Source: Bloomberg LP; Treesdale Partners calculations; Gold Basket represents an equally weighted basket of Gold/USD, Gold/Euro, Gold/Yen and Gold/Pound with daily rebalancing; past performance is not indicative of future performance
This week we present a brief review of the performance of gold priced in euro, yen and pound terms, year-to-date and over the last 3 years. The first striking feature about the performance of these gold prices is the wide variation in performance depending on the financing currency used to make the gold purchase. Gold financed with euro year-to-date has returned 9.6% while at the other end of the performance spectrum gold priced in dollars has returned 1.8% with a marginally higher standard deviation. The next best performer year-to-date has been gold financed in yen returning 5.0%.
Interestingly gold priced in yen has experienced the best one, two and three year performance of all the gold prices returning 1.7% annualized compared to the -9.1% annualized performance of gold priced in dollars.
The single biggest factor driving the divergence in performance has been the relative weaknesses of the respective financing currencies on the currency markets. Of note over the last three years the yen has weakened by 30% versus the dollar. When an investor buys gold financed in yen they are expressing the view that they expect the price of gold to increase in terms of the number of yen for which it can be exchanged at a future date.
An investor that buys gold in yen is therefore expressing a directional view on both gold and the yen – they are expressing the view that as the yen weakens on currency markets they would expect, all things being equal, to receive more yen for a given amount of gold. Similarly as the yen strengthens they would expect to receive fewer yen for a given amount of gold. In market speak they are said to be long gold, short yen. And it is this short exposure to the yen from holding gold in yen terms that has driven its outperformance relative to the other “non-dollar” gold prices.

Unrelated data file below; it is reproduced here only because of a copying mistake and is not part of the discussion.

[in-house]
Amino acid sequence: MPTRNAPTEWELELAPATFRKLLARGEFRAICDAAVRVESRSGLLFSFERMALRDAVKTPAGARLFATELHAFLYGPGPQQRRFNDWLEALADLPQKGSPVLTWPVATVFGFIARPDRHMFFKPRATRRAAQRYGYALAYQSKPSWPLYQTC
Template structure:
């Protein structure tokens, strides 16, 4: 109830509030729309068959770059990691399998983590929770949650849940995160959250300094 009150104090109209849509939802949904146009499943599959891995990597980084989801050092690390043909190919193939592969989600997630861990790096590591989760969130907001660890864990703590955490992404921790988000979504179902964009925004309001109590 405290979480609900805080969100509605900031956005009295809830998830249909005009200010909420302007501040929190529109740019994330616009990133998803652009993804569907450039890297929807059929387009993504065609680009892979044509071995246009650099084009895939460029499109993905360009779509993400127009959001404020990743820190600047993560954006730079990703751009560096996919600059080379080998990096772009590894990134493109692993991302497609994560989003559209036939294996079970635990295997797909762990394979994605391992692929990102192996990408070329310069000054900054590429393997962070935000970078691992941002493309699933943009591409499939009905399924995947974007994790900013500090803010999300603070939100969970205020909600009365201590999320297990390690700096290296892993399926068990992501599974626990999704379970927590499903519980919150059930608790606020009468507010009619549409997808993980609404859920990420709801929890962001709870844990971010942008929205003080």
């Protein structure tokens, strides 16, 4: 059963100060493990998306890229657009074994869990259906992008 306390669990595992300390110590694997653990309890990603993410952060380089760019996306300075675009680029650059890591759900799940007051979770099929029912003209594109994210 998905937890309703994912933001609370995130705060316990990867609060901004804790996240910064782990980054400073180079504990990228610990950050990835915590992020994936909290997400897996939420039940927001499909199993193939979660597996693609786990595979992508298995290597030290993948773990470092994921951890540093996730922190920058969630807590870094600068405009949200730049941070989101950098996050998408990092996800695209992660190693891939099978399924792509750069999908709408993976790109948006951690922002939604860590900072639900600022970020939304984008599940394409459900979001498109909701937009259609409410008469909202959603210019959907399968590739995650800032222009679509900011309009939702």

Looking forward, should the trend of increasing divergence between monetary policy in the US versus monetary policy in the Eurozone and Japan persist, this would be expected to cause further weakness in their respective currencies versus the dollar and lead to further rises in gold priced in both euro and yen terms. Of most concern to investors holding gold in dollars however, should be the potential for the dollar to strengthen on currency markets as the market factors in the chances of higher interest rates in the US relative to interest rates of the other major economies.
With the value of the dollar a key factor underpinning the price of gold, under conditions of broad based strength in the dollar the price of gold in dollar terms would be likely to be adversely affected. As such for investors that wish to continue to hold gold for its diversification benefits but are concerned about potential future strength in the dollar, we would recommend a strategy of changing the financing currency of gold holdings from dollars to foreign currencies such as the euro or yen where there is potential for further easing in monetary policy relative to the US, which might then act to weaken these currencies.
This article was written by Treesdale Partners, portfolio manager of the AdvisorShares Gartman Gold/Euro ETF (GEUR), AdvisorShares Gartman Gold/British Pound ETF (GGBP), AdvisorShares Gartman Gold/Yen ETF (GYEN) and AdvisorShares International Gold ETF (GLDE).